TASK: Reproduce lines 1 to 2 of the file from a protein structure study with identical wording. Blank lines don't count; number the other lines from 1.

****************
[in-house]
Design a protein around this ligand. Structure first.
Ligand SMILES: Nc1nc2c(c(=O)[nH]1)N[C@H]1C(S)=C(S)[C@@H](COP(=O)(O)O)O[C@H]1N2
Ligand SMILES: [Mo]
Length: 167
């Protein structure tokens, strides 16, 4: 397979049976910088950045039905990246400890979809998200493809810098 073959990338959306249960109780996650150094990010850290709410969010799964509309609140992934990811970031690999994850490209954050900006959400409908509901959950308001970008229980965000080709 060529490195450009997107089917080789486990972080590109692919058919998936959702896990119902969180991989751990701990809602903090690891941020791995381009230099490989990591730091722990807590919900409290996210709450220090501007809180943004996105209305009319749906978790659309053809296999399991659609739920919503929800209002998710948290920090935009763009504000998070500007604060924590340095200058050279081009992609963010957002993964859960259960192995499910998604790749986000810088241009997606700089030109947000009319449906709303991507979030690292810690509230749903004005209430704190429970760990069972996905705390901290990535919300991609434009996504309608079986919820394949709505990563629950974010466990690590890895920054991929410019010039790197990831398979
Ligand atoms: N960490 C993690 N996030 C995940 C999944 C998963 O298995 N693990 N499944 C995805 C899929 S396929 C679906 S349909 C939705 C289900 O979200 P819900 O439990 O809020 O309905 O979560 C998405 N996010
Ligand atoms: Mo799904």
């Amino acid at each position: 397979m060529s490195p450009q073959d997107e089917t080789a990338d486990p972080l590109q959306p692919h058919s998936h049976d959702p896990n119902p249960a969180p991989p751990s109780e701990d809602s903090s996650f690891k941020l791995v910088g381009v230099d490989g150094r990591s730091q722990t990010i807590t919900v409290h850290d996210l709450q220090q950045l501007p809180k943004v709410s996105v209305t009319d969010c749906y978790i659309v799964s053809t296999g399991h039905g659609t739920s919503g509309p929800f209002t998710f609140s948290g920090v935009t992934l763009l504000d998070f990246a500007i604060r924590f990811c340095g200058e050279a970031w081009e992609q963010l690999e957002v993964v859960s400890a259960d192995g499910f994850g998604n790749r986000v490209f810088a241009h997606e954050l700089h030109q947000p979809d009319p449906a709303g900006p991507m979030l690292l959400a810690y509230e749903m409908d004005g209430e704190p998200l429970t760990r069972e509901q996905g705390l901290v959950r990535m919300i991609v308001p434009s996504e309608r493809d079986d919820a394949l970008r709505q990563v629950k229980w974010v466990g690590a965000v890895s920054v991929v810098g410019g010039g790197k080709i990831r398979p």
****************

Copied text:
[in-house]
Design a protein around this ligand. Structure first.